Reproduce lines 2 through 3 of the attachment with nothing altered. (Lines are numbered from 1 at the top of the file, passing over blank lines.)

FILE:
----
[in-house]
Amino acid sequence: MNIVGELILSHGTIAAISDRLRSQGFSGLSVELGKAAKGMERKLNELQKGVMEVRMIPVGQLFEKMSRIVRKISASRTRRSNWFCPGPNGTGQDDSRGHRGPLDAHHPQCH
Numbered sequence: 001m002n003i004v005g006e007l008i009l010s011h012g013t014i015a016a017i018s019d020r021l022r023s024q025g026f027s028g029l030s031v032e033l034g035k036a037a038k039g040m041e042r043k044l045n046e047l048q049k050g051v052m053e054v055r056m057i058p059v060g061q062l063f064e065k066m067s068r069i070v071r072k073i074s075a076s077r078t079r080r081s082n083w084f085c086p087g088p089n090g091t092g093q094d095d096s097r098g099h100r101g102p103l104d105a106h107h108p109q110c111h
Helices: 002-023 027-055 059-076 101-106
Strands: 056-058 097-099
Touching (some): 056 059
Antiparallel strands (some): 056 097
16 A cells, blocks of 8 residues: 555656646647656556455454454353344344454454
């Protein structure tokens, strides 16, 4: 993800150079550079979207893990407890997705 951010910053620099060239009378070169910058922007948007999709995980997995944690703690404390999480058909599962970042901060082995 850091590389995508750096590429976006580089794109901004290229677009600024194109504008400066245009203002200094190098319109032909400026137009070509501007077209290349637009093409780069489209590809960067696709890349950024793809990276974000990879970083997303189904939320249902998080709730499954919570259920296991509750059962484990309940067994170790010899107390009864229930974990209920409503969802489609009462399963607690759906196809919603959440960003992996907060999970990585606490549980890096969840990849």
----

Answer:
Amino acid sequence: MNIVGELILSHGTIAAISDRLRSQGFSGLSVELGKAAKGMERKLNELQKGVMEVRMIPVGQLFEKMSRIVRKISASRTRRSNWFCPGPNGTGQDDSRGHRGPLDAHHPQCH
Numbered sequence: 001m002n003i004v005g006e007l008i009l010s011h012g013t014i015a016a017i018s019d020r021l022r023s024q025g026f027s028g029l030s031v032e033l034g035k036a037a038k039g040m041e042r043k044l045n046e047l048q049k050g051v052m053e054v055r056m057i058p059v060g061q062l063f064e065k066m067s068r069i070v071r072k073i074s075a076s077r078t079r080r081s082n083w084f085c086p087g088p089n090g091t092g093q094d095d096s097r098g099h100r101g102p103l104d105a106h107h108p109q110c111h